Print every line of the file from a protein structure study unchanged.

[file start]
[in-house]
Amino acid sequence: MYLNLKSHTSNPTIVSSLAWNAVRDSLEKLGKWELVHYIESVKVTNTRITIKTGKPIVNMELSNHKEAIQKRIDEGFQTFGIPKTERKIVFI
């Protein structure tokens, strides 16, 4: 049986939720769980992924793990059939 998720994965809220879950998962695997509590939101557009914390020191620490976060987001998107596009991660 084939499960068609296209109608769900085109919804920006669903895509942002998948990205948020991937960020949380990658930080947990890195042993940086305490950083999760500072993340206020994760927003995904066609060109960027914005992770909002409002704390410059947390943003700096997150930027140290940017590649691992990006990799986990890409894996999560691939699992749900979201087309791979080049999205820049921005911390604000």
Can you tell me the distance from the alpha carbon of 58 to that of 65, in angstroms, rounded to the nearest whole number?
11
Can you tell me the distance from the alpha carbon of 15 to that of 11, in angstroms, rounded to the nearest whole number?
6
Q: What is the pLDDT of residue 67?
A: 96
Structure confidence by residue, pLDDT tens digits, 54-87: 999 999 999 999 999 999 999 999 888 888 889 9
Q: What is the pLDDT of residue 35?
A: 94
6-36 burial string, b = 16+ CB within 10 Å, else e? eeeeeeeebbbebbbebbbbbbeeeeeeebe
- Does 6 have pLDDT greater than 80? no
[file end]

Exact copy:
[in-house]
Amino acid sequence: MYLNLKSHTSNPTIVSSLAWNAVRDSLEKLGKWELVHYIESVKVTNTRITIKTGKPIVNMELSNHKEAIQKRIDEGFQTFGIPKTERKIVFI
């Protein structure tokens, strides 16, 4: 049986939720769980992924793990059939 998720994965809220879950998962695997509590939101557009914390020191620490976060987001998107596009991660 084939499960068609296209109608769900085109919804920006669903895509942002998948990205948020991937960020949380990658930080947990890195042993940086305490950083999760500072993340206020994760927003995904066609060109960027914005992770909002409002704390410059947390943003700096997150930027140290940017590649691992990006990799986990890409894996999560691939699992749900979201087309791979080049999205820049921005911390604000």
Can you tell me the distance from the alpha carbon of 58 to that of 65, in angstroms, rounded to the nearest whole number?
11
Can you tell me the distance from the alpha carbon of 15 to that of 11, in angstroms, rounded to the nearest whole number?
6
Q: What is the pLDDT of residue 67?
A: 96
Structure confidence by residue, pLDDT tens digits, 54-87: 999 999 999 999 999 999 999 999 888 888 889 9
Q: What is the pLDDT of residue 35?
A: 94
6-36 burial string, b = 16+ CB within 10 Å, else e? eeeeeeeebbbebbbebbbbbbeeeeeeebe
- Does 6 have pLDDT greater than 80? no